From FIBIwiki
Jump to navigation Jump to search
Saina Iron Bridge Ahmednagar.jpg
Presidency: Bombay
Coordinates: 19.095003°N 74.756679°E
Altitude: 649 m (2,129 ft)
Present Day Details
Place Name: Ahmednagar
State/Province: Maharashtra
Country: India
Transport links
Dhond-Manmad State Railway
FibiWiki Maps
See our interactive map of this location showing
places of interest during the British period

Ahmadnagar was the headquarters of Ahmednagar District in the Central division of Bombay Presidency during the British period. See Bombay Districts.

Ahmednagar Fort, in Ahmednagar city, was the centre of the British cantonment used by artillery and infantry units, primarily between 1849 and 1921. "The Fort is in the centre of the cantonment, 2½ miles N E of the railway station. Close to it are Christ Church and a R C Church. The European Barracks are 1 mile S E of it". [1]

In 1913 a Remount Depot was established to house 500 horses. In 1921, six Armoured Car companies were based there and in 1924 a Royal Tank Corps School was established at Ahmednagar. This School was the forerunner of the Fighting Vehicle School, and the area is now occupied by the Indian Armament & Electronics Regiment.

A remote hillside about six miles outside the city at Arangaon was leased by the British Indian Army towards the end of the First World War to house two (plague) segregation camps, supervised by the 2nd/102nd King Edward's Own Grenadiers and the 2nd/128th Pioneers of the Indian Army in 1919 on what later became known as Meherabad Hill.[2]

Ahmednagar was also the location of the Machine Gun School from the early 1920s.

Spelling Variants

Modern name: Ahmednagar
Variants: Ahmednuggar/Ahmednuggur/Ahmadnagar

FIBIS resources

  • FIBIS database Ahmednagar Christian Cemetery. Inscriptions have been transcribed from gravestones at the cemetery. The graves photographed and transcribed include some German POWs/civilian internees from WW1 and a memorial to Boer POWs who died there. Images are also available, which are part of the FIBIS Cemeteries Project, and may be ordered for a modest donation.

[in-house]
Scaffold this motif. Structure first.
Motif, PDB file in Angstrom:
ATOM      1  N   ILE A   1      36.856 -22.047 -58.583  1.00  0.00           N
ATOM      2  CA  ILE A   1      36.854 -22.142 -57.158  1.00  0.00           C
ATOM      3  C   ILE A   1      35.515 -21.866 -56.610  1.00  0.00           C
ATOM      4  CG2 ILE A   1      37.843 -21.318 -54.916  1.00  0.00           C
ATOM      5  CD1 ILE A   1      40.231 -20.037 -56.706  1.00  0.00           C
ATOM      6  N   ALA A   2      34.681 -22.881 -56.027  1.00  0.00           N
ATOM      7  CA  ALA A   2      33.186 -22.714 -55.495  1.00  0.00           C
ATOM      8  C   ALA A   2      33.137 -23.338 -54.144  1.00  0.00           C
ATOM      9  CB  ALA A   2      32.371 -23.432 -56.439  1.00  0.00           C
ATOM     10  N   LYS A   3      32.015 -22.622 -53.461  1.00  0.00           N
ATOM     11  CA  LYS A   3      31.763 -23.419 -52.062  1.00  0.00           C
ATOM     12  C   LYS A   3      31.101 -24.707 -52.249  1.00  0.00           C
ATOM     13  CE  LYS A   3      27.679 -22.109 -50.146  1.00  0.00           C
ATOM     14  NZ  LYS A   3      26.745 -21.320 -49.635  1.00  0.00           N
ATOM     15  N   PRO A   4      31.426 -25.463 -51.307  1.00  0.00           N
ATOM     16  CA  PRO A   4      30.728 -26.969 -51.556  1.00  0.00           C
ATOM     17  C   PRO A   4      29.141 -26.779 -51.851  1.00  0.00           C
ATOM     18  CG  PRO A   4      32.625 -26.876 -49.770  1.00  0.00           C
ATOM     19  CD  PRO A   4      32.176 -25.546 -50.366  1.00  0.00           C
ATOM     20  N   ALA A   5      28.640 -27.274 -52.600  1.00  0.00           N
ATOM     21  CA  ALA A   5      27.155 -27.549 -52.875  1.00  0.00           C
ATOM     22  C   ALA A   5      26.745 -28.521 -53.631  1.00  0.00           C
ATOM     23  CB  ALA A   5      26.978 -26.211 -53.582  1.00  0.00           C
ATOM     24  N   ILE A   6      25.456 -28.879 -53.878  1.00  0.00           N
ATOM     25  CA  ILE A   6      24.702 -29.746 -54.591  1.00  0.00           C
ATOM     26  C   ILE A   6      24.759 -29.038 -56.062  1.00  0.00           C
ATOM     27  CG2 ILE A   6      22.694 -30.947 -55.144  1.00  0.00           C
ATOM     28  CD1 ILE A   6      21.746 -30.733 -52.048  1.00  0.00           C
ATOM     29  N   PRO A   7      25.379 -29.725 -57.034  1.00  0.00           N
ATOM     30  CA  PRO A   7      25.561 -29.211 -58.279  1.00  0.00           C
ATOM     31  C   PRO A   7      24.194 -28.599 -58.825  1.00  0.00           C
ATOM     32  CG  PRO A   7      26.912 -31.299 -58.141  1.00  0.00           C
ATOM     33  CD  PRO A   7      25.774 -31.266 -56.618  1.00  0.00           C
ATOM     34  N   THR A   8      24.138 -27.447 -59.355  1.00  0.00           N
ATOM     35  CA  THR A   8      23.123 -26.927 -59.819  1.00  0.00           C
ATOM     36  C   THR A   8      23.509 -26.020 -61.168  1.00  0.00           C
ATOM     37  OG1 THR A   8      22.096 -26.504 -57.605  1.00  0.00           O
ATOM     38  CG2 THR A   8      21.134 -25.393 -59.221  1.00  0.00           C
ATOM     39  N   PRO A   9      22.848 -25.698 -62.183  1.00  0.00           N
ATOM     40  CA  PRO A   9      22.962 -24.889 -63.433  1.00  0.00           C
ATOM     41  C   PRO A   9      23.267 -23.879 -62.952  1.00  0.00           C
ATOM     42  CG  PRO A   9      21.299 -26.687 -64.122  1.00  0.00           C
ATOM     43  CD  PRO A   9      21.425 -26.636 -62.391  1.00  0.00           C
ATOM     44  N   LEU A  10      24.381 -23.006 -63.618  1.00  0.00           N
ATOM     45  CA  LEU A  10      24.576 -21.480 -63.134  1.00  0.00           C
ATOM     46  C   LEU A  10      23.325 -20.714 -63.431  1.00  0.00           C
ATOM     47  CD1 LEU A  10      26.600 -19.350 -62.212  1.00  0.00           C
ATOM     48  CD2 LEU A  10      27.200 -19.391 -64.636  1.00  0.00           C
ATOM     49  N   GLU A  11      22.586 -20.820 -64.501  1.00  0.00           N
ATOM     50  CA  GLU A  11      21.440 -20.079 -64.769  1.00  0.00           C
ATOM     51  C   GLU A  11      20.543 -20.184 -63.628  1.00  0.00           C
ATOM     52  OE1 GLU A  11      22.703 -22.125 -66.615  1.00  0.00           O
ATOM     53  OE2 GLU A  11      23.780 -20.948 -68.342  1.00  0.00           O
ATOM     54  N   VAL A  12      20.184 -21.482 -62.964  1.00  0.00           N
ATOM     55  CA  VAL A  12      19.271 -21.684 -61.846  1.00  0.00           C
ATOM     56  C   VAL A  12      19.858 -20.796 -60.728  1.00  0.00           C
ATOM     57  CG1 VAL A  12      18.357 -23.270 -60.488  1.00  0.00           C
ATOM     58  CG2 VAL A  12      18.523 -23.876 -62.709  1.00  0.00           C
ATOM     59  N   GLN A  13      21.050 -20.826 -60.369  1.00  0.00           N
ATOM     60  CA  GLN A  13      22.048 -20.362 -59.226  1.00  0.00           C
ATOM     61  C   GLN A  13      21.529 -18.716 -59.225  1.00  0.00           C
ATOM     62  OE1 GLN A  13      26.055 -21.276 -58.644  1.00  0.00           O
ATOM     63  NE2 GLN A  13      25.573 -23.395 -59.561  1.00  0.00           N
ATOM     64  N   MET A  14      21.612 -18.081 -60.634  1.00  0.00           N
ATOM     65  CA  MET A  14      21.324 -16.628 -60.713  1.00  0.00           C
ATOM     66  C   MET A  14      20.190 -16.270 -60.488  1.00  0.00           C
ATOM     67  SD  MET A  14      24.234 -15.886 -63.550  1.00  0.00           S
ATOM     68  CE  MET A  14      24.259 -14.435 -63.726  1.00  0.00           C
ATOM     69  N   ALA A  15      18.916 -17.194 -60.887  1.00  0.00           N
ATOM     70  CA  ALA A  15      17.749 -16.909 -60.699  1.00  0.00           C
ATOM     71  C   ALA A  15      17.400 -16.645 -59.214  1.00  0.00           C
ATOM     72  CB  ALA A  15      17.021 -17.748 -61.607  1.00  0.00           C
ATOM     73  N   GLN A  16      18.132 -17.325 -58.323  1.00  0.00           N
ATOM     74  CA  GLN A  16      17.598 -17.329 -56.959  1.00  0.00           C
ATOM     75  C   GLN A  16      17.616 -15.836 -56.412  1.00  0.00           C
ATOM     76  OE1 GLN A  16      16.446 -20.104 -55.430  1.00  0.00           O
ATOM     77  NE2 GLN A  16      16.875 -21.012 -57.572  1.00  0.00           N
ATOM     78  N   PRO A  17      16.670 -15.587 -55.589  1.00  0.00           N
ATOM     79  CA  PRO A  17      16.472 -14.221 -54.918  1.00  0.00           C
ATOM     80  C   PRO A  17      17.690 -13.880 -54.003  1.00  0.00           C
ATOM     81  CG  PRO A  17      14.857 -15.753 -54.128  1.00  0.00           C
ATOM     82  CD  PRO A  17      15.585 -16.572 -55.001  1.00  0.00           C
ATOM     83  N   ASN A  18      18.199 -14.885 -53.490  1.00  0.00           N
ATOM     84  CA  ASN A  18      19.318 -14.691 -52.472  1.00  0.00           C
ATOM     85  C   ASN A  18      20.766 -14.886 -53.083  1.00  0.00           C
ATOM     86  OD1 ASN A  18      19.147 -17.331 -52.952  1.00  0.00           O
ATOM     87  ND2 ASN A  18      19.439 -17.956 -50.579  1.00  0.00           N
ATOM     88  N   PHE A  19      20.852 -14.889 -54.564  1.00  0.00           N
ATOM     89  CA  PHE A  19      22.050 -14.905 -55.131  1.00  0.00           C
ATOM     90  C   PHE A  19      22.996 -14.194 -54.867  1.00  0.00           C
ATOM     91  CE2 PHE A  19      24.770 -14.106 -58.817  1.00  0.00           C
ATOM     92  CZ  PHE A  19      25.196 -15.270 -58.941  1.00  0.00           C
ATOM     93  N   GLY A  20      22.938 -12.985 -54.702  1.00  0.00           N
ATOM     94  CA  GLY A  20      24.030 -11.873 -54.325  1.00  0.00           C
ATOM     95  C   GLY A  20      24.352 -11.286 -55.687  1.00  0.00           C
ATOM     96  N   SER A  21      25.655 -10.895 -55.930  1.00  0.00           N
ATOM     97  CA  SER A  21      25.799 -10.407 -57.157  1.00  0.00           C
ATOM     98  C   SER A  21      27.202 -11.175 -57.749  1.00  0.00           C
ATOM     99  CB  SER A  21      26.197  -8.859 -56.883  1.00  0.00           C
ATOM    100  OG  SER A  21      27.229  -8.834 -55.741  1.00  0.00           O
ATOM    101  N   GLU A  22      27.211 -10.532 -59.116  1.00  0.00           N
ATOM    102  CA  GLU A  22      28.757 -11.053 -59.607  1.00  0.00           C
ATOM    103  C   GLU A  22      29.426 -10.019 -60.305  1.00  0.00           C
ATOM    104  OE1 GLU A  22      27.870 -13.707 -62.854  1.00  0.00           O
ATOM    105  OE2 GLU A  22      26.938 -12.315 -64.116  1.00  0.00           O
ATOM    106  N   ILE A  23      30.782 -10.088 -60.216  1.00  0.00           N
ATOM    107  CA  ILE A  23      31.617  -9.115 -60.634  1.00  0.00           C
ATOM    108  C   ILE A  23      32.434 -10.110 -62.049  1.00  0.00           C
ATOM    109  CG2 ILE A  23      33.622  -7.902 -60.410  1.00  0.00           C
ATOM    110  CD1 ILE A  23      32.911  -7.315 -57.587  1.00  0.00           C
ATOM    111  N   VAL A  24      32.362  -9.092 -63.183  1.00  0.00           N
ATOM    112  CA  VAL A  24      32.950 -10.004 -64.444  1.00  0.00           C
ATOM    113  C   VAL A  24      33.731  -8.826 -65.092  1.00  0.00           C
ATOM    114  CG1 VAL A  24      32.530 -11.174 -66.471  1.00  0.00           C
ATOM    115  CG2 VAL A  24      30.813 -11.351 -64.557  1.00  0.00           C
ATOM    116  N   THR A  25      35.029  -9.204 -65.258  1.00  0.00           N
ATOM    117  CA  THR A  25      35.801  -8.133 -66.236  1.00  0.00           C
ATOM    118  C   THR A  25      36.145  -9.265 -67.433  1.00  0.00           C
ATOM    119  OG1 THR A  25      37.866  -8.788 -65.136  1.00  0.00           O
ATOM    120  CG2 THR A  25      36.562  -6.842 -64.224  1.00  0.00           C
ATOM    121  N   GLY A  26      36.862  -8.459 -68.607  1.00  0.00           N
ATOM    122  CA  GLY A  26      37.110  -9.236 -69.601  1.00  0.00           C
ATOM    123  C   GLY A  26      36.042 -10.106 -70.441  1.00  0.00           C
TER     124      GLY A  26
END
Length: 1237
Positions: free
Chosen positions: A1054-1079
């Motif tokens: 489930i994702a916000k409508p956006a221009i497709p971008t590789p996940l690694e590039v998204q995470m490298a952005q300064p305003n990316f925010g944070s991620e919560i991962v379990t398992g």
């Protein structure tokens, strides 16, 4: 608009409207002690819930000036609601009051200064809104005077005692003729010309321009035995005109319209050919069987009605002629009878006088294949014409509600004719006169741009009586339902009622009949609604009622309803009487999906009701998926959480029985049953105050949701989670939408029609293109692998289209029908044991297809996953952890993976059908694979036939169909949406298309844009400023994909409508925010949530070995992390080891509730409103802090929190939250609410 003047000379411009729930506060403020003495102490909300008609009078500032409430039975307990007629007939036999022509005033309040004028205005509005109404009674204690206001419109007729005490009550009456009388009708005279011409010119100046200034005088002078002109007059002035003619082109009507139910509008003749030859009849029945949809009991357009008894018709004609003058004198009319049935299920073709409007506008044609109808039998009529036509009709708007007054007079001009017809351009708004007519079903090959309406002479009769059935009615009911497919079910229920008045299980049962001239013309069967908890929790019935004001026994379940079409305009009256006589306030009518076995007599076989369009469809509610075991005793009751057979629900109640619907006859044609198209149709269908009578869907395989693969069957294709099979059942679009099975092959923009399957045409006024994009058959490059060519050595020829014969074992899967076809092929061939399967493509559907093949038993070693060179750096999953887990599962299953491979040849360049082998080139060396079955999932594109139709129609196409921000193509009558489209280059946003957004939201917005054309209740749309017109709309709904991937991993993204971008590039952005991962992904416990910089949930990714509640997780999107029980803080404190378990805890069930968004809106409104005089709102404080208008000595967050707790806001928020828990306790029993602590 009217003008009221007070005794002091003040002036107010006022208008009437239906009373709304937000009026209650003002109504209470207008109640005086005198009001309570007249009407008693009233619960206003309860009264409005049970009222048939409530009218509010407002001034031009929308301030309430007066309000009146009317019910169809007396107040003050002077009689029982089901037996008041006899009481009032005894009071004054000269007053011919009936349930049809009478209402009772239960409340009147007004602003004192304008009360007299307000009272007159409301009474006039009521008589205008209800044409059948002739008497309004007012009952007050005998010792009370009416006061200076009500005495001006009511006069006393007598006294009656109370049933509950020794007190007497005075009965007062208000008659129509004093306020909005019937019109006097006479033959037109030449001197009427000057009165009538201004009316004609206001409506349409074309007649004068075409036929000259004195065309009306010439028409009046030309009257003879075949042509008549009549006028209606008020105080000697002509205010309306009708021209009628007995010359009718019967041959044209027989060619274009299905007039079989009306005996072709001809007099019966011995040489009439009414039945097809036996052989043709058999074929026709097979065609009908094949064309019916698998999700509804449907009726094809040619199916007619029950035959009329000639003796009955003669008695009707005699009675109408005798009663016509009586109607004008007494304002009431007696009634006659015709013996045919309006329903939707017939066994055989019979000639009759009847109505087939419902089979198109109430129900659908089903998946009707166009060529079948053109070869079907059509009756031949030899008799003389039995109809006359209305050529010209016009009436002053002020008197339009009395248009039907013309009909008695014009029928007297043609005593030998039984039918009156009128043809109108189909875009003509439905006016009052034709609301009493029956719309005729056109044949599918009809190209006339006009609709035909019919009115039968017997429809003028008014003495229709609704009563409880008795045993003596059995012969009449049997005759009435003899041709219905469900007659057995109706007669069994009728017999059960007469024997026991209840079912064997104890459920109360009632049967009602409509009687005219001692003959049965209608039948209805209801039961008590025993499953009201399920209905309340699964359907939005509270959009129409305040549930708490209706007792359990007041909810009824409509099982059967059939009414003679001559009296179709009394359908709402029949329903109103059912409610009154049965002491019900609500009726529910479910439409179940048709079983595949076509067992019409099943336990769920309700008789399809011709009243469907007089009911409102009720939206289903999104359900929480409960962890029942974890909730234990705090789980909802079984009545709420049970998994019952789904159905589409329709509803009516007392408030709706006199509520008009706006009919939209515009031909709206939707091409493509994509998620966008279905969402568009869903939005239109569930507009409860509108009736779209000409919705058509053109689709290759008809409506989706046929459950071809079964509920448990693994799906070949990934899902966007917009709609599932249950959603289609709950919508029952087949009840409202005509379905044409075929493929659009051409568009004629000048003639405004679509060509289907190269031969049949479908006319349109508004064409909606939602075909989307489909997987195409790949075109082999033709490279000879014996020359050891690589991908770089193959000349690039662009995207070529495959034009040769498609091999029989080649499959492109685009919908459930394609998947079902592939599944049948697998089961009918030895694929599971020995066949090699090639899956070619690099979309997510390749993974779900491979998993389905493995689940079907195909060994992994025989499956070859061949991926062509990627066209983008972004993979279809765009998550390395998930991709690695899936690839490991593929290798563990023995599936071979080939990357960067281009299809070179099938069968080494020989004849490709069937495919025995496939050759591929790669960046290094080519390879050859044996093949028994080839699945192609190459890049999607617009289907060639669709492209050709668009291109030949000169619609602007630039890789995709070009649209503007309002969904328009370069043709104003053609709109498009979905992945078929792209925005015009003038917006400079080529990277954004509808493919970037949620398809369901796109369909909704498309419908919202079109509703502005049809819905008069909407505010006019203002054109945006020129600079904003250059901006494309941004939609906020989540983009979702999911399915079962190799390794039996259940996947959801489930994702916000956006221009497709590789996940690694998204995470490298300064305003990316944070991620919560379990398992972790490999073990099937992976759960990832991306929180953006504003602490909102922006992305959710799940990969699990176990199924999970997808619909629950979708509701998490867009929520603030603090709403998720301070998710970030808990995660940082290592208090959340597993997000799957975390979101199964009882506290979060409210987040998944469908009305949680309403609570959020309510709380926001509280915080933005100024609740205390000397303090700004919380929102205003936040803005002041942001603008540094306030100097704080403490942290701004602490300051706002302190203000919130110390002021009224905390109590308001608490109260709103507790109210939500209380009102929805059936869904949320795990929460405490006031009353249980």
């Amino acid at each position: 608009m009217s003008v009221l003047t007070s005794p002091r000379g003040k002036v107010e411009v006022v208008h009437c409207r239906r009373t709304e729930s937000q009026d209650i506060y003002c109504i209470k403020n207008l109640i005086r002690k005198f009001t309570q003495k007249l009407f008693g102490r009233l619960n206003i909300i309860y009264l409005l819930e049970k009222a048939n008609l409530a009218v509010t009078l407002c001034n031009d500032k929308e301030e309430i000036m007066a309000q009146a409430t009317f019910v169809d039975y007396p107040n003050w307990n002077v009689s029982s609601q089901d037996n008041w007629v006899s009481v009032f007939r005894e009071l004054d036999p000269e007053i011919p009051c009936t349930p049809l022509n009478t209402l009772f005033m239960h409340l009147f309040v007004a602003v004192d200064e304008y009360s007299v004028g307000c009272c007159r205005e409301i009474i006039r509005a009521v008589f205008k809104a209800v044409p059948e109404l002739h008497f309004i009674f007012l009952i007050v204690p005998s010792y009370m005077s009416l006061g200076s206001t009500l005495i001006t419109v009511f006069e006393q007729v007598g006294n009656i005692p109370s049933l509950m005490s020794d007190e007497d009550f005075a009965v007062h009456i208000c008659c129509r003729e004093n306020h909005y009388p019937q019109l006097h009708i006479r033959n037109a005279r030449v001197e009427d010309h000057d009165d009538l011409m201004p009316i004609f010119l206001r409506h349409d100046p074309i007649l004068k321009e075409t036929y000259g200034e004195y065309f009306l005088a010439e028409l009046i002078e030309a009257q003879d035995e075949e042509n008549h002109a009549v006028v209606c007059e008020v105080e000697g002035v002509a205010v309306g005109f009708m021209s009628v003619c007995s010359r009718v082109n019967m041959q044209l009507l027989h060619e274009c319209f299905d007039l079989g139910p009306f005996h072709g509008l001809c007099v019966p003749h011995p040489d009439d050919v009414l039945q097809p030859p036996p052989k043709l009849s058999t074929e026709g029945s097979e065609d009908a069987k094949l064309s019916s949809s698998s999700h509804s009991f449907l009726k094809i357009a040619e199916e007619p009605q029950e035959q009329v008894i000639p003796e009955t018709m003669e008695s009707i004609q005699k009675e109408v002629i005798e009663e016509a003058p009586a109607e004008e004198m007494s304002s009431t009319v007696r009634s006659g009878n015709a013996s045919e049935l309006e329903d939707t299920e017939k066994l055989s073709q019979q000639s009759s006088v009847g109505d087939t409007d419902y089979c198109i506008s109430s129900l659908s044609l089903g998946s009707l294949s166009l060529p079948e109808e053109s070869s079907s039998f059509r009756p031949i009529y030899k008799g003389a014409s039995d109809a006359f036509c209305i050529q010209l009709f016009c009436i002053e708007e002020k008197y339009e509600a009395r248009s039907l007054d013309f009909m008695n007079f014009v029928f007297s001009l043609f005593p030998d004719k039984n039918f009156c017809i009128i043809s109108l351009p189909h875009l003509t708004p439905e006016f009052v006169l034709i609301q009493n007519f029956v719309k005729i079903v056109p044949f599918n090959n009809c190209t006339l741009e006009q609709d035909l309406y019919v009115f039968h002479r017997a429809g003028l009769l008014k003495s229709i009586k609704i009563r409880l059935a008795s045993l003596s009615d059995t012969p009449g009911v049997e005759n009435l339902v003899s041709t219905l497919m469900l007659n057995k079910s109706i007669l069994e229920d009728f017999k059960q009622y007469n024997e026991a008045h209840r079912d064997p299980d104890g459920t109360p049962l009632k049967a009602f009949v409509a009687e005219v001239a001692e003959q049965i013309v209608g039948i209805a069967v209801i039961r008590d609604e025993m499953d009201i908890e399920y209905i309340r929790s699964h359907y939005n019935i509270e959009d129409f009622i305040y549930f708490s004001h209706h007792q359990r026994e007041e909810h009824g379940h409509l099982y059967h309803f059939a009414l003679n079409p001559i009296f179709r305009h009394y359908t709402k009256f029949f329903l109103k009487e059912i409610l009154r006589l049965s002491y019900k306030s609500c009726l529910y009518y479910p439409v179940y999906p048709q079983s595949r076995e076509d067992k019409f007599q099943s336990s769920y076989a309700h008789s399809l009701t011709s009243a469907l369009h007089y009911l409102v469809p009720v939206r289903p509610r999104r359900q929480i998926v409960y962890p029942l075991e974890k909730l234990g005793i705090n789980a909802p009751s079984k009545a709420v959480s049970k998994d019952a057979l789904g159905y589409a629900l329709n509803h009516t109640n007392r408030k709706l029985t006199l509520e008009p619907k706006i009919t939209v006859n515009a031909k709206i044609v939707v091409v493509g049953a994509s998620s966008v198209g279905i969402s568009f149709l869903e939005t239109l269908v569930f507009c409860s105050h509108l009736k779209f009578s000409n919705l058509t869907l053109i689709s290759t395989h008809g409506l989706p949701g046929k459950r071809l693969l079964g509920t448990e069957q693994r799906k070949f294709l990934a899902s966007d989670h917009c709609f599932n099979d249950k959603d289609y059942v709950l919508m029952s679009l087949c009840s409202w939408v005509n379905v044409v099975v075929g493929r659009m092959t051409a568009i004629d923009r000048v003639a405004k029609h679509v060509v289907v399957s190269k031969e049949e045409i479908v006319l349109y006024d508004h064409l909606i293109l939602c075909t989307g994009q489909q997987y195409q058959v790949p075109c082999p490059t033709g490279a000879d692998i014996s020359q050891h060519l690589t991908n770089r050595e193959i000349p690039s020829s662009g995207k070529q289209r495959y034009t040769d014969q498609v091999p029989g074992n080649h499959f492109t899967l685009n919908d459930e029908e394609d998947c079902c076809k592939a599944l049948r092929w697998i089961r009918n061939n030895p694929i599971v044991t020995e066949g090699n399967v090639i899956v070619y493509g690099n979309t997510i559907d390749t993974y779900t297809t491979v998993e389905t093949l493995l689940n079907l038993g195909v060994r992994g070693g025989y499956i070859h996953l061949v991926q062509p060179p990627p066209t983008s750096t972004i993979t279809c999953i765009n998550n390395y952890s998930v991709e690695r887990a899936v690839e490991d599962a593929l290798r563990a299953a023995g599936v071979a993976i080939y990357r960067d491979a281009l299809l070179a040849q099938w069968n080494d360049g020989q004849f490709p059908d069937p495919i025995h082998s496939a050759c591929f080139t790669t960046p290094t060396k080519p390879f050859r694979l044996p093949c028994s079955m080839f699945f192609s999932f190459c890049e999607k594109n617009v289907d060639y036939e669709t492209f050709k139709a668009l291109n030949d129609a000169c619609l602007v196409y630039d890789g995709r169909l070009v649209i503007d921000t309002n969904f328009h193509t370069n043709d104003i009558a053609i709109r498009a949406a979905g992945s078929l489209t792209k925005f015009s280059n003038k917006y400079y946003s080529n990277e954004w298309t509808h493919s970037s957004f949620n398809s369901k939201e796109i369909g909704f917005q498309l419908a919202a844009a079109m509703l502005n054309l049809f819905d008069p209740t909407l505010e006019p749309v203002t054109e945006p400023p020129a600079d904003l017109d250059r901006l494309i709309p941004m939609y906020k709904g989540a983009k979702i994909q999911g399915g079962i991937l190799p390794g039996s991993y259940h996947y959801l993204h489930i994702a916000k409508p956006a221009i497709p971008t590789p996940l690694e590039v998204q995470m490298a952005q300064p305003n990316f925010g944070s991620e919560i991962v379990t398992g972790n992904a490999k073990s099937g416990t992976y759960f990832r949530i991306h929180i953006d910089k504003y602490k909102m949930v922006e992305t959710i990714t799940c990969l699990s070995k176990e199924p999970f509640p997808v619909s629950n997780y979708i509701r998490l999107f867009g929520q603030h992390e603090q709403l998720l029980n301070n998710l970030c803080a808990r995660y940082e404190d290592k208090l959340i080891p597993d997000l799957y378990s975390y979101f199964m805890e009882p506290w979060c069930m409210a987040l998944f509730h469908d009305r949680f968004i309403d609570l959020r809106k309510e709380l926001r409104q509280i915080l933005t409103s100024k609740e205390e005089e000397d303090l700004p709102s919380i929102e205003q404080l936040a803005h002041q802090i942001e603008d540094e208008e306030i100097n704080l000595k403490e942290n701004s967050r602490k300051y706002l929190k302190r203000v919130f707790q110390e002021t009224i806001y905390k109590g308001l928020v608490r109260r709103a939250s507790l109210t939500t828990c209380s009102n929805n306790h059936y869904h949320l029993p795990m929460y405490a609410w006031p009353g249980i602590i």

Military history

Battle of Ahmednuggur 1803
Battle of Ahmednuggur 1804

Prisoner of War Camps at Ahmednagar

There was a Boer POW camp during and after the Boer War, and a POW/internment camp for civilians during the First World War
See POW Camps in India


  • Christ Church, Ahmednagar
    • Most church records were lost in a flood many years ago[3]
    • There was a memorial for the 2nd Garrison Battalion Northumberland Fusiliers. “Officers, NCO's and men who died at Ahmednagar 1917 -1919. 42 names." [4] It is not known whether this memorial still exists.

External links

Historical books online

  • "Ahmadnagar City" Imperial Gazetteer of India, Volume 5, page 123.
  • Ahmednuggar page 128 Sketches of a Soldier's Life in India by Staff Sergeant Thomas Quinney, Hon. East India Company’s Service, 1853 Google Books. He arrived in Bombay May 1827 and transferred to the Bombay Artillery c 1830. He was invalided in January 1841.
  • Ahmednuggur, in the Deccan, is listed in a List of all the military stations in the Bombay Presidency, with details, page 235 Transactions of the Medical and Physical Society of Bombay, Volume VII, New Series 1861 Google Books
  • Ahmednuggur page 456 Report of the Commissioners Appointed to Inquire into the Sanitary State of the Army in India : with Abstract of Evidence, and of Reports Received from Indian Military Stations 1864 Archive.org
  • Memorial papers of the American Marathi Mission, 1813-1881 1882 Archive.org. The Ahmednagar Mission
  • Tales of Ahmednagar by Captain Cecil Cowley, 2nd Garrison Battalion, Northumberland Fusiliers 1919 Archive.org. History of Ahmednagar, mostly for the pre British period.


  1. Page 347 A Handbook for Travellers in India, Burma, and Ceylon published by John Murray, London, Eighth Edition 1911
  2. Greveson, Alan. Alan Greveson's World War 1 Forum. Scroll down to Mick’s post dated 20th November 2012 and Alan Greveson's reply of the same date regarding buildings purchased at an abandoned military camp by early followers of Meher Baba in the 1920s. Retrieved 19 June 2016.
  3. Comment by sunilsamuel 4 February 2011 In '"Sepoys and Griffins", see External links
  4. FIBIS Database Group Memorials, Percy-Smith/Bullock Papers. Individual names do not appear to be available.